Marian Goodman Gallery
24 West 57th Street
October 6th – November 12, 2005
A quote from the Gabriel Orozco press release provided by Marian Goodman Gallery reads as follows:
A related video work, 677 Variants (2005, 11 min. Color) created by computer-generated animation and shown on a flat screen, will be on view in an adjacent gallery. Based on the formal vocabulary of geometric patterns and colors used in the diagrams for the paintings, 677 Variants articulates the motion of spheres, cells, atoms, voids, and ellipses intrinsic to Orozco’s iconography, from the airline ticket drawings to the Atomists series, mediating on an entire morphology of representation.
The above is an excellent example of writing that does little but alienate a larger art audience. It basically describes the effect of animation on still works, but reading this, you’d think that the Orozco video had also contributed significant findings to the molecular biologist community. In addition, the release tells us that the piece contemplates the form and structure of representation, a point the more sophisticated art viewer may be able to discern, but a general art viewing audience, which includes countless collectors, probably do not have a lexicon large enough to grasp all this immediately.
Now, there is little reason to write this way, unless, you are, say, compensating for what isn’t there in the first place. So, let me spell out what this press release does not say: The Orozco show at Marian Goodman was not good. You wouldn’t know it from the press release you just read, but below is a rough approximation of the video it describes.
So basically, what animation above shows us is that Orozco has figured out how to use imovie. There’s no point going into what makes this piece so profoundly stupid, since there are more interesting things to discuss in the show, but, put shortly the movie is a gimicky addition to a body of work which does nothing but repeat 40 years modernist exploration. Orozco, of course has loftier ideas for this work, and frankly ends up sounding a little egocentric when he talks about them:
I decided to do the paintings to see how much they could express geometry but also organicity…I decided to start from the center of the plane, which I think is not very common…The sequence of colors is distributed based on how the chess knight moves, “jumping” two blocks and one, which I take as presentation of tri-dimensionality in a bi-dimensional field”
Gabriel Orozco Excerpt from the Marian Goodman Gallery press release, 2005.
Certainly, it is not unheard of to start a painting from the center of the canvas, so you’ll forgive me Mr. Orozco, if I don’t think that this practice is particularly ground breaking. What’s more, as far as I know, “tri-dimensionality in a bi-dimensional field”, is a term typically applied to holography. The paintings shown at Goodman have very flat surfaces, and the use of gold alone, is not enough to transform these works into something tri-dimensional.
There is more to the exhibition though then these paintings, since there is an entire room devoted to other work. Deceptively large, the most interesting part of the show was in the back gallery, and consisted primarily of a table top display of objects and various ephemera made by the artist over the last five years. Admittedly, this section of the exhibition is a little like listening to a re-released U2 b-side, in that it’s clearly not his best stuff, but given the current work, it is a welcome break. There are one or two good photos, and a few objects that hold some resonance, such as a pizza placed under a round shaped wire kitchen utensil of similar size, and a various clay sculptures which are designed to be hand held, but little past this. To be fair, there are probably more than “a few” objects in the show that are exceptional, but as galleries are some times want to do, (since you can’t sell what you can’t see) there was too much art displayed to really be able to tell the good from the bad. With this type of work, you cannot be too careful when considering the possiblity of over populating a display, since it very quickly begins to look like a yard sale.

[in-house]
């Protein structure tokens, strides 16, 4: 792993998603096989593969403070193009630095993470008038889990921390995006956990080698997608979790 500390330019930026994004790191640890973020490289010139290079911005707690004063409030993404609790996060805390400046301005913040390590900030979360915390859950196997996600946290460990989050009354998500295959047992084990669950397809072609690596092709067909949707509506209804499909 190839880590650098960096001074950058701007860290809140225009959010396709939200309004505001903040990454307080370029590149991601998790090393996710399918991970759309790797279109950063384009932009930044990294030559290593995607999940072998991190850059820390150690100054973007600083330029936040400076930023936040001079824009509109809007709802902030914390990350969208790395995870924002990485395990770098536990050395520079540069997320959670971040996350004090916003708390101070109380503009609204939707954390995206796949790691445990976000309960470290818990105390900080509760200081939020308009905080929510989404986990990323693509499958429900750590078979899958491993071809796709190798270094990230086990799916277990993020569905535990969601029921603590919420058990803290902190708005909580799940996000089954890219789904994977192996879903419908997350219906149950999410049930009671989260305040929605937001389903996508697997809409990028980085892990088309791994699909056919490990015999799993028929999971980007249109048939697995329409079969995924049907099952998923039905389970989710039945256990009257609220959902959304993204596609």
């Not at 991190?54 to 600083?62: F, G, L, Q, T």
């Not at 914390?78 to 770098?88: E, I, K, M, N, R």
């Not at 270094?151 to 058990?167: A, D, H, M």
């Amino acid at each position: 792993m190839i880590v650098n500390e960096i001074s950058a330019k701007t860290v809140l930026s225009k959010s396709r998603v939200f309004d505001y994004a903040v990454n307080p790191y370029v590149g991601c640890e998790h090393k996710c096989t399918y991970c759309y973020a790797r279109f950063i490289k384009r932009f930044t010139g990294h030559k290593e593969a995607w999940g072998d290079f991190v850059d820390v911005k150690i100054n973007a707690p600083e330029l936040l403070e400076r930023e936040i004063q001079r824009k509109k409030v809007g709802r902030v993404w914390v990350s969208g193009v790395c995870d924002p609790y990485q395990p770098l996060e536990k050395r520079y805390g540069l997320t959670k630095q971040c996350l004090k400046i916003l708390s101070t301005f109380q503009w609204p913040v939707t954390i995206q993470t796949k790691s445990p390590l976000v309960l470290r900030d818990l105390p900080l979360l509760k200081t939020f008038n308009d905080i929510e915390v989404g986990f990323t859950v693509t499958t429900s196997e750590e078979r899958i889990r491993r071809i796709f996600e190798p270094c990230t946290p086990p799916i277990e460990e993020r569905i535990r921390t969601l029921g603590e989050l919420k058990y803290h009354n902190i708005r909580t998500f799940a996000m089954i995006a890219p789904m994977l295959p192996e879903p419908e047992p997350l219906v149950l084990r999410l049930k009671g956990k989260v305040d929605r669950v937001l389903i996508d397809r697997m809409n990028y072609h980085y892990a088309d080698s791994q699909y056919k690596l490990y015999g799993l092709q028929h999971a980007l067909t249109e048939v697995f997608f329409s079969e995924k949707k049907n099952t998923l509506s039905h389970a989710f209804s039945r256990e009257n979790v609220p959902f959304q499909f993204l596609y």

The curating of the show however, is a digression, because it ultimately is a small point that neither breaks or makes the show. What makes the exhibition such a disappointment is that, with only a few exceptions, it is lacking the substance that has made Orozco’s work so powerful in the past. The best of his art presents polarity, multiplicity and complex philosophical ideas within small moments and humble gestures. Pinched Ball, Common Dream, and Ten Pesos, are not only among is strongest works, but the influence works such as these have had on emerging artist’s, in particular Latin American community, is striking. Artists such as Jose Lerma, (paintings excluded) Gustavo Artigas, and Teresa Margolles are all making work that follows a tradition established by artists like Gabriel Orozco, Felix Gonzalez -Torres and others, and it is among the more engaging work being made today by emerging artists. As seen in this light, it is easy to make a compelling argument that Orozco is one of a small number of artists whose work will be seen to have had a profound effect on the shape of contemporary art in the future. That is, assuming you disregard the year 2005 in the artist’s career.
***The influence and strength of Orozco’s earlier work may explain the glowing review Holland Cotter gave the show in the New York Times on the 11th. I suppose we can’t all be exempt from wearing blinders from time to time.